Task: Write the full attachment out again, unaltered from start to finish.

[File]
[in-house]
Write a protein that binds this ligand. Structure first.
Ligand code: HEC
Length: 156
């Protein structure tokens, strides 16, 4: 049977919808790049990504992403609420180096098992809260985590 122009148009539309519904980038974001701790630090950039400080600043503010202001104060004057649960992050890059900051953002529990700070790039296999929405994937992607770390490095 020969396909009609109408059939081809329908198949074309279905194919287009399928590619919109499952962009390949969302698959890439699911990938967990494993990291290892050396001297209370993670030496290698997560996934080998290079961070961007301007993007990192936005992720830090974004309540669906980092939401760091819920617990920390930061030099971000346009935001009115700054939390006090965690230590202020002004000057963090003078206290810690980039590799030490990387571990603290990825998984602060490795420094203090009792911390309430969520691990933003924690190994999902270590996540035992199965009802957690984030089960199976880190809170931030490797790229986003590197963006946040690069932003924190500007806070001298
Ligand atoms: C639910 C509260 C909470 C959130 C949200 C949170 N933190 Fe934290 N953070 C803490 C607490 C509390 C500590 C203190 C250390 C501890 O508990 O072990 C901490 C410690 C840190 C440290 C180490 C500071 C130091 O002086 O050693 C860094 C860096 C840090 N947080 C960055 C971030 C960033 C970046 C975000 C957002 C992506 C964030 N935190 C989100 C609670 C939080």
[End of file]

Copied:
[in-house]
Write a protein that binds this ligand. Structure first.
Ligand code: HEC
Length: 156
């Protein structure tokens, strides 16, 4: 049977919808790049990504992403609420180096098992809260985590 122009148009539309519904980038974001701790630090950039400080600043503010202001104060004057649960992050890059900051953002529990700070790039296999929405994937992607770390490095 020969396909009609109408059939081809329908198949074309279905194919287009399928590619919109499952962009390949969302698959890439699911990938967990494993990291290892050396001297209370993670030496290698997560996934080998290079961070961007301007993007990192936005992720830090974004309540669906980092939401760091819920617990920390930061030099971000346009935001009115700054939390006090965690230590202020002004000057963090003078206290810690980039590799030490990387571990603290990825998984602060490795420094203090009792911390309430969520691990933003924690190994999902270590996540035992199965009802957690984030089960199976880190809170931030490797790229986003590197963006946040690069932003924190500007806070001298
Ligand atoms: C639910 C509260 C909470 C959130 C949200 C949170 N933190 Fe934290 N953070 C803490 C607490 C509390 C500590 C203190 C250390 C501890 O508990 O072990 C901490 C410690 C840190 C440290 C180490 C500071 C130091 O002086 O050693 C860094 C860096 C840090 N947080 C960055 C971030 C960033 C970046 C975000 C957002 C992506 C964030 N935190 C989100 C609670 C939080």